Lulu, again, is middle-aged, not lovely, and not particularly appreciated. Her husband is a lout, her twin elementary-school sons are more than a handful each, and her teen daughter not terribly helpful. A job interview in the next city over has just gone badly -- so she decides, on the spur of the moment, to just not go home that night to the unappreciative husband grumping at her on the phone. She stays over at a hotel in that city, where she meets a traveling saleswoman -- the two have a long, wine-filled dinner, and Lulu complains about her life in a way she hasn't for years, or possibly ever.

So she doesn't go home again the next morning -- she's not ready to drop back into her old life, full of other people's needs and demands. Instead, she finds herself in a city on the coast, watching the ocean and just being there. She meets a man around her age, Charles, and the two immediately fall into an affair, aided by Charles's two protective brothers.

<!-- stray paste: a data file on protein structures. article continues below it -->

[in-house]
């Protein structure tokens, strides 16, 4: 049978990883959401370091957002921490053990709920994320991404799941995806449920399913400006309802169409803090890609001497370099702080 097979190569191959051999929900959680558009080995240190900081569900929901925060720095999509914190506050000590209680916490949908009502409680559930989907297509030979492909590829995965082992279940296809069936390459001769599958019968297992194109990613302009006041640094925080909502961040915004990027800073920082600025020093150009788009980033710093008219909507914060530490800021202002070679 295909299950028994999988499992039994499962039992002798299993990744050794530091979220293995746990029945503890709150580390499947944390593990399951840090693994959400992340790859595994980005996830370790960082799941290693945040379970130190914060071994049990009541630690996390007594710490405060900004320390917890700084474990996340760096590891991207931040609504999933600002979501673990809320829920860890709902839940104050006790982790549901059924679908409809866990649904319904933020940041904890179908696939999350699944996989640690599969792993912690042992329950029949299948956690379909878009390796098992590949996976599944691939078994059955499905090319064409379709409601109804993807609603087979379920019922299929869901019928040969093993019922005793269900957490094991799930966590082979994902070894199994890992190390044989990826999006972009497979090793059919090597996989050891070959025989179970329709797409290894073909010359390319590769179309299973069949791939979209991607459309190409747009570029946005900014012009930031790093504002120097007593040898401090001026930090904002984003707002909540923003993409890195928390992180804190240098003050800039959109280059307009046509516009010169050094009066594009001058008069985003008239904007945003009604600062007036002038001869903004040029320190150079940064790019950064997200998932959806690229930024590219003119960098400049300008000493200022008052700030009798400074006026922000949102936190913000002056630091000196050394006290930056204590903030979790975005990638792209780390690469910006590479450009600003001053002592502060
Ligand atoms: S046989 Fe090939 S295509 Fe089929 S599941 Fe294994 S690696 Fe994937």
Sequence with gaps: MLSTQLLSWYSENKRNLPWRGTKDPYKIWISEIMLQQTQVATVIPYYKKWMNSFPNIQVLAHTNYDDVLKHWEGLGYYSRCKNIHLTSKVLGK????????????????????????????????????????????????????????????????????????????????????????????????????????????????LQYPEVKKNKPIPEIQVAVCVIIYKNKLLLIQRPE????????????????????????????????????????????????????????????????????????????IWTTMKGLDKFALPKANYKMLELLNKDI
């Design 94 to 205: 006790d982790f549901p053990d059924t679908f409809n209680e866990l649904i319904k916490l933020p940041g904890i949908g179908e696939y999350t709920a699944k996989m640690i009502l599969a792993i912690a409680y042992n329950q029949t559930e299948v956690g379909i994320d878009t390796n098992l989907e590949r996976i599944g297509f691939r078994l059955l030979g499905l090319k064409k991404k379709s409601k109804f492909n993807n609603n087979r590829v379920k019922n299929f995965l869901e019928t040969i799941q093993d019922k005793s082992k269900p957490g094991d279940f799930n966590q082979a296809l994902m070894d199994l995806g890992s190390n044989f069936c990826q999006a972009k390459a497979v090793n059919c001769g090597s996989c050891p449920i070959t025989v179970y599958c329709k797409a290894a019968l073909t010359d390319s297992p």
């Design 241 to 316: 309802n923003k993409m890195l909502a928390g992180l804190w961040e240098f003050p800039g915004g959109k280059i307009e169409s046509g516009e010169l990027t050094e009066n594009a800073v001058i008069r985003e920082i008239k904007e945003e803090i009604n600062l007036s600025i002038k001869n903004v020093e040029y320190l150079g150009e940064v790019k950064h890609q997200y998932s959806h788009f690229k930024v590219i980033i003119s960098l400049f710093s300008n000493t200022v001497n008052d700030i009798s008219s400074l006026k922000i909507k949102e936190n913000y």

Meanwhile, her hotheaded husband is imposing on the family friends back at home -- he's the typical fictional husband, incapable of doing anything for himself or the family and prone to destroy anything in his way out of mere pique. A friend is sent to the coast city to find and bring back Lulu -- he does one but not the second. Then the daughter comes, with similar results.

Lulu does eventually get back home. And the ominous hints from the frame story finally come into focus, in a way that I'm afraid is too manipulative and obvious. But that's a minor flaw. Lulu is a real, complex, fascinating woman -- an average-looking person in a provincial city with an average family, living a life that isn't quite giving her what she needs. Davodeau tells her story at a remove, to give her room to be free and a bit unknowable, the way real people always are. His art tells the story cleanly, and the dialogue has just a hint of dialect in it -- I'm not sure if that's intentional, or an artifact of the translation process making the phrasing just that bit clumsy. Lulu Anew is a fine story about a complex person that doesn't try to simply her, and succeeds because of that.

Friday, October 21, 2016

The Story of My Tits by Jennifer Hayden

Um, we all know what it means when a middle-aged creator does a book-length story about a body part, right? OK, maybe it could be some thing thrillingly obscure, like body integrity identity disorder, but 99 times out of a hundred, it means The Big C.